"Oh, I don't bet. I'm not into gambling." I've heard it a hundred times, My response? Bunk. We're all gamblers to one extent or another. Standing at the roulette table or the race course with your last tenner staked is extreme, but day-in, day-out, we all gamble. And, let's be honest, life would be pretty dull if we never took any risks, wouldn't it?
A classic example of this is our reaction to sales promotions. When we see a 'three for the price of two' offer at the supermarket, we're immediately weighing it up: "When will the offer end? How does the price work out per item? Is it worth buying six? Or nine? Have I got space to store them? Will I use them before they go off? What if the price comes down next week, or there's a different offer on?" We're gambling. We're assessing risk in order to decide which course of action to take.
Hone your skills
Gambling is a skill. And like any other skill, the more you exercise it, the better you get at it. Take a game like poker. There's always an element of risk – it would hardly be gambling otherwise – but the more you play, the better you get at reading the game and judging the risks and opportunities.
So, what does this have to do with networks? Well, any network manager who's been in the business for any length of time knows that setting up and maintaining a network is a game in which you can win, or lose. When you win – when you get a great deal on something – the feeling of satisfaction and achievement is wonderful. Losing is less wonderful! When buying new devices or software, whether for a small extension to your existing network, or to set up an entirely new one, there are a number of angles to play to keep you ahead of the game. You have to gamble. Play those angles right and stay ahead of the game and there are serious cost savings to be had.
The right time to buy
It's vitally important to buy at the right time. That means any time when the manufacturer is running a sales promotion on the items you need to buy. The wrong time to buy is when demand is high, stocks are low, or a new product is on the way but not out yet: at such times the manufacturer has no need to run sales promotions. Demand is high, and they will happily satisfy it at high prices. Sales promotions cost manufacturers money, and while they're happy to bear that cost in return for a benefit – perhaps increased share in a particular sector or shifting excess stock, they won't bear it when they don't need to.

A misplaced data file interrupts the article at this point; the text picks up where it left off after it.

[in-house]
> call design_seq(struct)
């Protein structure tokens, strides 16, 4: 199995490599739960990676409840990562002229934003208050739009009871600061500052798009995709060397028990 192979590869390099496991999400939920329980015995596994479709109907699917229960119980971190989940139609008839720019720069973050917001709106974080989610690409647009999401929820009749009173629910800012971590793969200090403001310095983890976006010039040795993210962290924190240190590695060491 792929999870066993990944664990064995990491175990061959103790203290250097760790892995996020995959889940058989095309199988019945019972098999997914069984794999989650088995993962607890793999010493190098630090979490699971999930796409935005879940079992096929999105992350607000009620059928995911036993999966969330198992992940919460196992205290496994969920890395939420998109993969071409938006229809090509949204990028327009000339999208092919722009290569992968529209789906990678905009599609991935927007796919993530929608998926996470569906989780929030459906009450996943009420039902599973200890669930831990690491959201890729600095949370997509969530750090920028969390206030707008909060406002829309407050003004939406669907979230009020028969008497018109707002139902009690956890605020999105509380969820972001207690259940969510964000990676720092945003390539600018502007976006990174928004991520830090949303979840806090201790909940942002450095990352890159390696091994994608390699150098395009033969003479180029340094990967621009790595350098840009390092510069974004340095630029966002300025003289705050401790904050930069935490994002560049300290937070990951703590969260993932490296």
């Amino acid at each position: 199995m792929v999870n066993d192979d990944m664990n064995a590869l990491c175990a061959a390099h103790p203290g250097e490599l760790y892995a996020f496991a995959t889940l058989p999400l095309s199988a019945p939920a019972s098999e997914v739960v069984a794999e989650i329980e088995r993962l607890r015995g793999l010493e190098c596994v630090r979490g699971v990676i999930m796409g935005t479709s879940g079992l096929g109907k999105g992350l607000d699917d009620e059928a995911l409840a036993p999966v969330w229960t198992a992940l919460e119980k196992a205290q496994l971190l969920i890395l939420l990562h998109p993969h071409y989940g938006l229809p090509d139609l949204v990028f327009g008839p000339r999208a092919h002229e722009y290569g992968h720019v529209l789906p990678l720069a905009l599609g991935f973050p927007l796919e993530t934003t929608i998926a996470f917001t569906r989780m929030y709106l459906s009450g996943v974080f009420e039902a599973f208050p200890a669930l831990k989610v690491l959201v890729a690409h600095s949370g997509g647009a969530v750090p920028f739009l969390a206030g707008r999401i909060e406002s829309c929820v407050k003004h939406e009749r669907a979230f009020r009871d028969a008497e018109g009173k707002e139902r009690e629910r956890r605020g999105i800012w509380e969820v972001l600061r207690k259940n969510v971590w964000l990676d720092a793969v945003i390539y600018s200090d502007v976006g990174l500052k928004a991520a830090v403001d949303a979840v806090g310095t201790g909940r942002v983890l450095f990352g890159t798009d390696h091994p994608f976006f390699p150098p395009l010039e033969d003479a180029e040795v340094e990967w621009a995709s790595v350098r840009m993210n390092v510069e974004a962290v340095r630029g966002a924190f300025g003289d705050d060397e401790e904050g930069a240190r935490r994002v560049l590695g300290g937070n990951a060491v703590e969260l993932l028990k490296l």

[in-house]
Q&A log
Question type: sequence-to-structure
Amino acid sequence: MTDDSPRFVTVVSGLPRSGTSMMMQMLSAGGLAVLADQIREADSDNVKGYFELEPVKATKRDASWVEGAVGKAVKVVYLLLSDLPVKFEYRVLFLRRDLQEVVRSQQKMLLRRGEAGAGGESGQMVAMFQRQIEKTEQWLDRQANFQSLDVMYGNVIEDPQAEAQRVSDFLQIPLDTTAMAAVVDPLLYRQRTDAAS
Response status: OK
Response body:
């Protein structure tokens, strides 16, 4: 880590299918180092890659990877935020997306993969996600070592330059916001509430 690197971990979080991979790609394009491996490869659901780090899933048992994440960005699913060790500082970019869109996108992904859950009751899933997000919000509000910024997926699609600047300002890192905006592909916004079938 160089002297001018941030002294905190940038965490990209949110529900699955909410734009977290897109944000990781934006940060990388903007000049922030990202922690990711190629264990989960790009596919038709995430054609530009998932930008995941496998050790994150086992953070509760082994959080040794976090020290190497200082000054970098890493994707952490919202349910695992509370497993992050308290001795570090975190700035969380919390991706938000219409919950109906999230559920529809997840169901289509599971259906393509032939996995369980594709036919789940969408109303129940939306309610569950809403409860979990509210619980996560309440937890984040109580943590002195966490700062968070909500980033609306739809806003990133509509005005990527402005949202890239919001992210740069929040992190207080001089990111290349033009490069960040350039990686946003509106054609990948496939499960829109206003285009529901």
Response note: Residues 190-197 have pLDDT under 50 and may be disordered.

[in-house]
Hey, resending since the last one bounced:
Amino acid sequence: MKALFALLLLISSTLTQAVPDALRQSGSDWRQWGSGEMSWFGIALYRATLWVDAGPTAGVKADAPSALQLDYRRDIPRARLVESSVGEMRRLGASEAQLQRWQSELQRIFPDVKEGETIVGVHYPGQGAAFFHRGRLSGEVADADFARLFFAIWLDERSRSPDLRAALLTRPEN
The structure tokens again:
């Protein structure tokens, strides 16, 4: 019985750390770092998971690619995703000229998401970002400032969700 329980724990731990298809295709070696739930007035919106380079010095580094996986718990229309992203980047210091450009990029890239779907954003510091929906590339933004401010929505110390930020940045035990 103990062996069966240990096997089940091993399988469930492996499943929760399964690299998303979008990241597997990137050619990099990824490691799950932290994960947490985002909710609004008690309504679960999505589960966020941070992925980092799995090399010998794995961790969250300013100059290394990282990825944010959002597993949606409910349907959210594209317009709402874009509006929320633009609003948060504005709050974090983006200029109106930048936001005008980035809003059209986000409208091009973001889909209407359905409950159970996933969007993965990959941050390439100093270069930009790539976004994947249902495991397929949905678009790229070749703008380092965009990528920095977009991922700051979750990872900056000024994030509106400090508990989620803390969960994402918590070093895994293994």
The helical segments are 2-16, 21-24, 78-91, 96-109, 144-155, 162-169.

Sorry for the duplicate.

The other side of the coin, of course, is that sales promotions mean savings for you, the customer. To benefit it's essential that you know, in advance, which products are most likely to be of interest to you, should they be available at promotional pricing in the future. That's a matter of research – know what you need and you can snap it up when it's offered at a reduced price.
Read your junk mail
You also need to be in direct contact with (and carefully watching) the outlets which provide the items on your list. This is where junk mail should not be junked, at least not until you've checked it carefully for the items you're after. It's a matter of knowing your network and watching the market – the equivalent of keeping an eye on the Racing Post or Sporting Life. Arm yourself with knowledge. Keep your finger on the networking pulse.
Finally, planning is all-important. Knowing the technologies that you will need for your network later this year and next will put you in a position to identify the products that should be on your wish-list. When items on your list come up as special offers, you can allow yourself a pat on the back, but hold back any desire to leap in the air and whoop for a while longer. This is the point to keep a poker face and play it cool. If there's a sales promotion on, there may will be the potential for further discounts as well. Most manufacturers, when running a promotion, accept that there will be a few 'low-ballers' in the market, keeping additional discount in reserve for such customers. They're playing the numbers game. While I wouldn't get over-excited at the likelihood of additional discount on an order for one or two units, if you have a quantity order to place, you are exactly the sort of customer the manufacturer is looking for, and should make the most of it, pressing them for as substantial a discount as you can.
The golden rules
So, remember the golden rules of gambling on sales promotions. Know your network and the technologies you're going to need in the next year or so. Know the market – who sells what, at what price, including the products on your wish list and any alternatives. Watch the suppliers, looking out for promotions on the products on your list. And be prepared to haggle hard for extra discount.
Go on. Have a flutter.